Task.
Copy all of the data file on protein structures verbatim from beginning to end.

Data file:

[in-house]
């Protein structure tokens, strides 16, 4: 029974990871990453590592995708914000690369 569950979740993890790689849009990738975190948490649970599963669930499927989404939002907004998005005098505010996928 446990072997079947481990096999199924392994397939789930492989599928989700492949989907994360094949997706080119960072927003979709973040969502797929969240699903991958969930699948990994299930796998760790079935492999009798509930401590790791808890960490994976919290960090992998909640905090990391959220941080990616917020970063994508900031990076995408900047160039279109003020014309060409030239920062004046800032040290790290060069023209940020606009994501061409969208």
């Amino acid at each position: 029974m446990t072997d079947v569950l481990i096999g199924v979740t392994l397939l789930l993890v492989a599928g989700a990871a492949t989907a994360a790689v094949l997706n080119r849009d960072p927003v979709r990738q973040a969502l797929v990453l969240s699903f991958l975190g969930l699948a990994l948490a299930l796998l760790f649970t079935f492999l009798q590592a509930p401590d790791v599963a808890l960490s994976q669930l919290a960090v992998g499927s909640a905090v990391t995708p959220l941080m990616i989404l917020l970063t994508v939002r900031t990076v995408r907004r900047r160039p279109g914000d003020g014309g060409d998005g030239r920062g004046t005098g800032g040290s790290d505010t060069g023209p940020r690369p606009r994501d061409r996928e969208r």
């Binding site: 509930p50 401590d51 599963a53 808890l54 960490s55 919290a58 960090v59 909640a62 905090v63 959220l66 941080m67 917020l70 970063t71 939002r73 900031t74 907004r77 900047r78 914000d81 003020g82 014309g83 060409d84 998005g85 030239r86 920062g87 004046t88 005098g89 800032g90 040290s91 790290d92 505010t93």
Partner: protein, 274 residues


[in-house]
């Protein structure tokens, strides 16, 4: 029974990871990453590592995708914000690369 569950979740993890790689849009990738975190948490649970599963669930499927989404939002907004998005005098505010996928 446990072997079947481990096999199924392994397939789930492989599928989700492949989907994360094949997706080119960072927003979709973040969502797929969240699903991958969930699948990994299930796998760790079935492999009798509930401590790791808890960490994976919290960090992998909640905090990391959220941080990616917020970063994508900031990076995408900047160039279109003020014309060409030239920062004046800032040290790290060069023209940020606009994501061409969208």
């Amino acid at each position: 029974m446990t072997d079947v569950l481990i096999g199924v979740t392994l397939l789930l993890v492989a599928g989700a990871a492949t989907a994360a790689v094949l997706n080119r849009d960072p927003v979709r990738q973040a969502l797929v990453l969240s699903f991958l975190g969930l699948a990994l948490a299930l796998l760790f649970t079935f492999l009798q590592a509930p401590d790791v599963a808890l960490s994976q669930l919290a960090v992998g499927s909640a905090v990391t995708p959220l941080m990616i989404l917020l970063t994508v939002r900031t990076v995408r907004r900047r160039p279109g914000d003020g014309g060409d998005g030239r920062g004046t005098g800032g040290s790290d505010t060069g023209p940020r690369p606009r994501d061409r996928e969208r």
């Binding site: 509930p50 401590d51 599963a53 808890l54 960490s55 919290a58 960090v59 909640a62 905090v63 959220l66 941080m67 917020l70 970063t71 939002r73 900031t74 907004r77 900047r78 914000d81 003020g82 014309g83 060409d84 998005g85 030239r86 920062g87 004046t88 005098g89 800032g90 040290s91 790290d92 505010t93």
Partner: protein, 274 residues